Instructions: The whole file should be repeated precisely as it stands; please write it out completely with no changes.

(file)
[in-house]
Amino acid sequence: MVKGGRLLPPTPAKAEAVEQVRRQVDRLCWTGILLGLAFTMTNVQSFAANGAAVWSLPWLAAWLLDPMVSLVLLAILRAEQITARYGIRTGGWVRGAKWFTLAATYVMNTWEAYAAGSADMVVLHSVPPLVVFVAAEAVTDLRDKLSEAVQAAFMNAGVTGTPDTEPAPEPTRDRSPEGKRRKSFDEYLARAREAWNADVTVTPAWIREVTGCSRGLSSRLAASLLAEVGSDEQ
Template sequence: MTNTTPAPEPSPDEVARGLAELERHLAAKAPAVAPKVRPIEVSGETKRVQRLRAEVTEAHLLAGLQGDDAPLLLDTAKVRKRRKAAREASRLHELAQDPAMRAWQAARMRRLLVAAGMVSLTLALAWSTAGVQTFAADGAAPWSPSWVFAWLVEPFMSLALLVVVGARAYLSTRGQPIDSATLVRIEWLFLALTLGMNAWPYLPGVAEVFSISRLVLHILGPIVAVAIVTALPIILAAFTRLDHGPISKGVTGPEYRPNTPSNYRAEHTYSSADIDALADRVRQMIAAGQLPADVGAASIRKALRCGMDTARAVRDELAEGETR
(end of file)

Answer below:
[in-house]
Amino acid sequence: MVKGGRLLPPTPAKAEAVEQVRRQVDRLCWTGILLGLAFTMTNVQSFAANGAAVWSLPWLAAWLLDPMVSLVLLAILRAEQITARYGIRTGGWVRGAKWFTLAATYVMNTWEAYAAGSADMVVLHSVPPLVVFVAAEAVTDLRDKLSEAVQAAFMNAGVTGTPDTEPAPEPTRDRSPEGKRRKSFDEYLARAREAWNADVTVTPAWIREVTGCSRGLSSRLAASLLAEVGSDEQ
Template sequence: MTNTTPAPEPSPDEVARGLAELERHLAAKAPAVAPKVRPIEVSGETKRVQRLRAEVTEAHLLAGLQGDDAPLLLDTAKVRKRRKAAREASRLHELAQDPAMRAWQAARMRRLLVAAGMVSLTLALAWSTAGVQTFAADGAAPWSPSWVFAWLVEPFMSLALLVVVGARAYLSTRGQPIDSATLVRIEWLFLALTLGMNAWPYLPGVAEVFSISRLVLHILGPIVAVAIVTALPIILAAFTRLDHGPISKGVTGPEYRPNTPSNYRAEHTYSSADIDALADRVRQMIAAGQLPADVGAASIRKALRCGMDTARAVRDELAEGETR